“If I had learned education, I would not have had time to learn anything else.”
If you want to be humbled in this good life, study economic #history. The more I read, the less I realize I know. Given that our economy is centrally planned by people who have no financial incentive to un-learn failed policies and re-learn from the past, that often scares me.
Then I’ll go back to a book, read some more, and find that light of American progress. While it may be dimming, it’s always there. We don’t put two feet on the floor for our families and firms every morning thinking about what government can do for us.
I think about what we can build to change a failed status quo. That’s not easy. I don’t want it to be. My education provides me with the context of its frailty. If I wasn’t paid to read and write to you every day, I wouldn’t be so optimistic that there’s a much better way.
Back to the Global Macro Grind…
New ideas scare a certain type of people; especially people whose failed ideas you are challenging. “So”, let’s do that this morning and challenge 3 of the most widely held academic economic dogmas of America’s 21st century:
1. Money Printing (Dollar Devaluation and Debt Monetization)
2. The American Dream (everyone has to own one, right? #Housing)
3. Yield Chasing (you have to invest in bubbles, or you don’t get paid)
Fair Enough. You can go back to school and write a Ph.D. disproving each of these and I’ll see you in the 22nd century. In the meantime, you’ll have to use A) common sense and B) real-time market data:
1. Fed’s Balance Sheet (Money Printing) update – up +$929 beeelion dollars year-over-year to $4.3 TRILLION and now the NY Fed’s Bill Dudley (formerly of The Goldman Sachs, who helped bail out the banks) is saying $1.7 TRILLION of that (MBS –Mortgage Backed Securities) never has to be sold, unwound, etc. I’m still digging through the Constitution to find who made him god.
2. US #HousingSlowdown (The American Dream) update – post whatever the “weather bounce” was supposed to give us (oh, and rates falling, fast), both supply and demand numbers released for April Housing were not good yesterday.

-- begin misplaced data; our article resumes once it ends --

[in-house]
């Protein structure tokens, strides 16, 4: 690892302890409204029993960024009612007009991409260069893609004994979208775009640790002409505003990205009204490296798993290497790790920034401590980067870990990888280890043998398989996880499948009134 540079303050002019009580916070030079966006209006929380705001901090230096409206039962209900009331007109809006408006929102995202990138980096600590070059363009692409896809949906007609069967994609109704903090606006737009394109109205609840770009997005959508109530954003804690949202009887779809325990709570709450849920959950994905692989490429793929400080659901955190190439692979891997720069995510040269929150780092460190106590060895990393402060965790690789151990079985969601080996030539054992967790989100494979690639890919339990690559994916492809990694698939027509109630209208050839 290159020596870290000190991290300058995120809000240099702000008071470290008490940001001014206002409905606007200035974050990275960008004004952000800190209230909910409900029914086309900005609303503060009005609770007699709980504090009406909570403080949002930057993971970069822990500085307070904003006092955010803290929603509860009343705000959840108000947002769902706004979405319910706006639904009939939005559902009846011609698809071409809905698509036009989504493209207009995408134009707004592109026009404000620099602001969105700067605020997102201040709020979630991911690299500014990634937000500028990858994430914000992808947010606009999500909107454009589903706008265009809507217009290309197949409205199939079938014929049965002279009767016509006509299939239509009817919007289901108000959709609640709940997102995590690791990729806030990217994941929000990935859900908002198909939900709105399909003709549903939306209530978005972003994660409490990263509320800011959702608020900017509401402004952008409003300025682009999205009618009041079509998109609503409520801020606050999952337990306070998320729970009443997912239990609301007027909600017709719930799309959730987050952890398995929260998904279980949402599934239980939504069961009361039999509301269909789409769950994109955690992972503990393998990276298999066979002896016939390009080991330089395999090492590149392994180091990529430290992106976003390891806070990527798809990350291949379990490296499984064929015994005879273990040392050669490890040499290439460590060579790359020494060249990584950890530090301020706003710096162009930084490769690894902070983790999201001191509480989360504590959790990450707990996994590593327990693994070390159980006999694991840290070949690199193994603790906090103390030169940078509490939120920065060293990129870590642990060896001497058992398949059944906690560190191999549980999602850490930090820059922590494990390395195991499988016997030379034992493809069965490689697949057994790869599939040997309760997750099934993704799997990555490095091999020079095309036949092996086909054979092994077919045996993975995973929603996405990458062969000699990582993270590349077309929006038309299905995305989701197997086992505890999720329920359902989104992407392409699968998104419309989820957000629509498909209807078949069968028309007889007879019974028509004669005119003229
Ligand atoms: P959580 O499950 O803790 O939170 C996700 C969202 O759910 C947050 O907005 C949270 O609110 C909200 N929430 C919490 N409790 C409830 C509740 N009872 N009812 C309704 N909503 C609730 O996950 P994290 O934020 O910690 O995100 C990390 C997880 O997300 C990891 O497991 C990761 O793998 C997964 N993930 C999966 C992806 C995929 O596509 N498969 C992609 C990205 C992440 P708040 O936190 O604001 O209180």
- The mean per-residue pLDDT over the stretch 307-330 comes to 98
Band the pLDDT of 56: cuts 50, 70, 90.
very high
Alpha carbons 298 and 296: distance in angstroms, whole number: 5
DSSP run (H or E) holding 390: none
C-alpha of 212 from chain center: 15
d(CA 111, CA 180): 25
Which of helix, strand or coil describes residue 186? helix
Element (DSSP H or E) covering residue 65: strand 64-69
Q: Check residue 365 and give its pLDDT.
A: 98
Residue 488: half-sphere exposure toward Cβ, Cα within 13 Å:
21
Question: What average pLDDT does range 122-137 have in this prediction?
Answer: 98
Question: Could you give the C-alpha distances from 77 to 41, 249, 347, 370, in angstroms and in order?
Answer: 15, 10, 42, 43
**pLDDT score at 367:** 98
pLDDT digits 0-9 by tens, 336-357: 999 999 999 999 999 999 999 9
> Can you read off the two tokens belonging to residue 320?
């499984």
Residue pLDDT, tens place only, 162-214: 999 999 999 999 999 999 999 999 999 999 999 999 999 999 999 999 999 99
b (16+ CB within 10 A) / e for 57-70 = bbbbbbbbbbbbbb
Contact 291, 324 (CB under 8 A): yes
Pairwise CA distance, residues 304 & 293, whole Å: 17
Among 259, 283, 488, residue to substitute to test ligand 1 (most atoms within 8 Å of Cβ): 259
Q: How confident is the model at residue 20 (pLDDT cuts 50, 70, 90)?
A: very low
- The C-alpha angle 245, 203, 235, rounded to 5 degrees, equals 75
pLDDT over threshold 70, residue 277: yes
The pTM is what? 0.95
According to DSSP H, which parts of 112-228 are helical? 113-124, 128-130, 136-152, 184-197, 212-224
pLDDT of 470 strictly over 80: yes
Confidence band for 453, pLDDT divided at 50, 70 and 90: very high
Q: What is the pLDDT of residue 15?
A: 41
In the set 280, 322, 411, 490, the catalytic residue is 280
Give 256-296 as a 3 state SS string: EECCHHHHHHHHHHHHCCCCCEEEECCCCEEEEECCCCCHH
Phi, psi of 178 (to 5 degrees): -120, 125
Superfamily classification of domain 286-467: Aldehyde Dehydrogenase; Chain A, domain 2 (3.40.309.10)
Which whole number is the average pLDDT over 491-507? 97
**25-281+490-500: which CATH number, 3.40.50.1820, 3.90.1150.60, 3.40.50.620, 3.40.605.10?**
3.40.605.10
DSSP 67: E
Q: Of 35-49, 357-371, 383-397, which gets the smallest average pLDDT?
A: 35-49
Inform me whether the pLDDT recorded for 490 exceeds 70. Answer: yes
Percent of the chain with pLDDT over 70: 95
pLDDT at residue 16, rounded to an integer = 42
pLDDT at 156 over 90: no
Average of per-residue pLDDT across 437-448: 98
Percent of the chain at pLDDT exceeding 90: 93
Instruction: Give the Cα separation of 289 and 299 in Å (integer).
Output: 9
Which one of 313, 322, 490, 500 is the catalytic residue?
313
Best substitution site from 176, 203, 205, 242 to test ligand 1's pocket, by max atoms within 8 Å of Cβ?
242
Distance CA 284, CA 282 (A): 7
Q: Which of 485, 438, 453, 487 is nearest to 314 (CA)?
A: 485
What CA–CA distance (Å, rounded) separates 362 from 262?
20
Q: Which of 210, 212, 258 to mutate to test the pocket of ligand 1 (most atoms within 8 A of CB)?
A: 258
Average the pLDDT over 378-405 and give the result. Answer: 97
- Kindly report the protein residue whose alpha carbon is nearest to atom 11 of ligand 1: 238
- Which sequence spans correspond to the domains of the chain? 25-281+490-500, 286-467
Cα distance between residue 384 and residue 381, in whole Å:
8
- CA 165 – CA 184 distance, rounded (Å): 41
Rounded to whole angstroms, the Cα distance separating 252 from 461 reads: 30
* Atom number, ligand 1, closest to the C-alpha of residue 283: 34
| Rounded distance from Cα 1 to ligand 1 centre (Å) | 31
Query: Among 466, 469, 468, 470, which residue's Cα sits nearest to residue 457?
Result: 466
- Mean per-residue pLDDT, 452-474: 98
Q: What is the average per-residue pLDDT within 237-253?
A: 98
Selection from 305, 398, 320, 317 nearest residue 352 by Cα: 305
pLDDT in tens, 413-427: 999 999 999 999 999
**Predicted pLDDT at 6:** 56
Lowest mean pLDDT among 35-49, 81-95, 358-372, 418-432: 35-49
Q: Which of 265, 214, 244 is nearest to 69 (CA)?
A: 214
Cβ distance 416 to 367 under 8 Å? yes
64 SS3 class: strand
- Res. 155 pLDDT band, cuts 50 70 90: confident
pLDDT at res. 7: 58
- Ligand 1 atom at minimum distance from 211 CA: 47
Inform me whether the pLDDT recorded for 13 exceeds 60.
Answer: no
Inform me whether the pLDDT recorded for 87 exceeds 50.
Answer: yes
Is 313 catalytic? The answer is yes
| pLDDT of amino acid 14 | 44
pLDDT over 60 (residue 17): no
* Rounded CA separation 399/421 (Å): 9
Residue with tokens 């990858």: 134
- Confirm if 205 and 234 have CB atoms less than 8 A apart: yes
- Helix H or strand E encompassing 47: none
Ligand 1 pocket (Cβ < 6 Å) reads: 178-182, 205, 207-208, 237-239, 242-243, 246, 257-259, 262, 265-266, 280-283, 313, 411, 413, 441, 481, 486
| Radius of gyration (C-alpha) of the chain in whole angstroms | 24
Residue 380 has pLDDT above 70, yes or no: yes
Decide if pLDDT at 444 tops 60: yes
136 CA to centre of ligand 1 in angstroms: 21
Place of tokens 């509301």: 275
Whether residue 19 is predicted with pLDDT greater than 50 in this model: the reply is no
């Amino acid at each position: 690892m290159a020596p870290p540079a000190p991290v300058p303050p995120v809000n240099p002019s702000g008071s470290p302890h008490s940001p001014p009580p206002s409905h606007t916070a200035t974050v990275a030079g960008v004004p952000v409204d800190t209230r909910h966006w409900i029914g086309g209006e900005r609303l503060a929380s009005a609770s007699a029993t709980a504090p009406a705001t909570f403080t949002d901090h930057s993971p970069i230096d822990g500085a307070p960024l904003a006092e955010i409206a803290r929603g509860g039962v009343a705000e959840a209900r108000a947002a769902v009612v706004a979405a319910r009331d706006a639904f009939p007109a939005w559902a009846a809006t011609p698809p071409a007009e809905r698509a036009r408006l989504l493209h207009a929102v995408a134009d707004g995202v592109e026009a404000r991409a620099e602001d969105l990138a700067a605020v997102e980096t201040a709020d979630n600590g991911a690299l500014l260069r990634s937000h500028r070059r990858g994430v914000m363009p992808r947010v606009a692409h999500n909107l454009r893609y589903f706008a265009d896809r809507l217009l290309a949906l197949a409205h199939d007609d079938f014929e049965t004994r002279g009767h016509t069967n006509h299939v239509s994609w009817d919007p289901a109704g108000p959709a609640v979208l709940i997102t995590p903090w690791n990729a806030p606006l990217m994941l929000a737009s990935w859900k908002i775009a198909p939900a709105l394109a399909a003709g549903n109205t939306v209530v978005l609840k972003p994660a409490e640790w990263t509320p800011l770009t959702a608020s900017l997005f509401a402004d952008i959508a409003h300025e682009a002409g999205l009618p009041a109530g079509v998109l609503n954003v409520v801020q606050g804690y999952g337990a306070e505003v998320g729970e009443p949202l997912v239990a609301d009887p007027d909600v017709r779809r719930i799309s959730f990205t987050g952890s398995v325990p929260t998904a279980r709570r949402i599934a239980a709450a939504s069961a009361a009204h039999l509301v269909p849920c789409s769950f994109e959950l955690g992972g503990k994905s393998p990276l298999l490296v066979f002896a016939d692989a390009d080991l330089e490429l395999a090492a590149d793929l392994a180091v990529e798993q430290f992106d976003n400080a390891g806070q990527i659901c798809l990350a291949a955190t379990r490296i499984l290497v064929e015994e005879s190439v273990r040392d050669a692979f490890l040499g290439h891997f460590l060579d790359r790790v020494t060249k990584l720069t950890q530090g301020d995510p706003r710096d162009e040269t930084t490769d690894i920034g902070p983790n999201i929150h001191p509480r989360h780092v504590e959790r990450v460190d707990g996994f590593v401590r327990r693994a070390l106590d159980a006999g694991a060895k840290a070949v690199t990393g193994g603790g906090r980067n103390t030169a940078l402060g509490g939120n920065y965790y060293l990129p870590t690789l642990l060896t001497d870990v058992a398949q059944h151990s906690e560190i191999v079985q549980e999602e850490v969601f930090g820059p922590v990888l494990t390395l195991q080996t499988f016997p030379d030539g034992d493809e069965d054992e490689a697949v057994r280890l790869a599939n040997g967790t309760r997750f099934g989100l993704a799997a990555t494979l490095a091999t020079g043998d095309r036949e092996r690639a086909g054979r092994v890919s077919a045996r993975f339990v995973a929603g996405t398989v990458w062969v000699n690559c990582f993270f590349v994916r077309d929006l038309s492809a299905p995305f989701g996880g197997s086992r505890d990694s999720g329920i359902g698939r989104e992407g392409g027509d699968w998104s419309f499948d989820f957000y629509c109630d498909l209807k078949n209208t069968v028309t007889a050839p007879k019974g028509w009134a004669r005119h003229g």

A) Housing Demand – existing home sales released by the NAR (National Assoc. of Realtors) were down -6.8% year-over-year in April (vs. -7.5% y/y in March) and the Northeast (which was really supposed to have the weather bounce) saw existing home sales down -6.3% in April vs. -4.8% in March.
B) Housing Supply - #drumroll… saw its biggest sequential (month-over-month) ramp, ever. Yes, by our proprietary calculations, ever is a very long time. In percentage terms, existing homes inventory ramped +16.8% in April versus March. I’ll circle back on this colossal failure of the government trying to reflate a bubble that already blew up once at the end of this note.
3. Fixed Income vs. Equity Fund Flows (#YieldChasing) update – since the un-elected and unprecedented ideology that “rates on savings have to be 0% forever” has many unintended consequences, let’s just focus on the most obvious one – forcing investors to chase a yield (a rate of return to live on) greater than the risk free rate (of 0%).
A) Fixed Income Fund flows accelerated to +$3.9B in weekly INFLOW (versus the YTD weekly avg of $2.1B)
B) Equity Fund flows saw their 3rd wk of OUTFLOW in 2014 at -$1.0B (versus the YTD weekly avg INFLOW of +$3.1B)
“So”, in hash tag-less English that an “educated” person can’t obfuscate with big words:
1. Money Printing – the Policy To Inflate (but not calling it that) causes US consumption growth (71% of the economy) to slow
2. Yield Chasing – i.e. buying bonds and anything that looks like a bond (selling growth stocks) takes hold as the economy slows
3. The American Dream – yeah, baby!
Oh, yeah, baby!
Damn those free-market American Capitalists (Vanderbilt, Carnegie, Rockefeller, etc.) of the 19th century and/or anything that looks like them – and go lever yourself up and buy an unproductive asset (a house). Then sit on it, and rotate, until the Fed bubbles its price up.
Janet Yellen is having a bird right now because The American Dream that she and her boy Barney (Frank) drew up just isn’t working. As interest rates fall and the redo of the housing bubble takes hold… newsflash: first time buyers can’t afford to buy a house.
First time buyers of US homes represented 29% of demand in April. That’s down from 30% in March and testing 10 year lows. Rents, meanwhile, are hitting all-time highs in America. I know – that’s not inflationary. It’s not the American progress they planned for either.
Our immediate-term Global Macro Risk Ranges are now:
UST 10yr Yield 2.45-2.61%
WTI Oil 102.45-104.36
Best of luck out there today and enjoy your long weekend,
Keith R. McCullough
Chief Executive Officer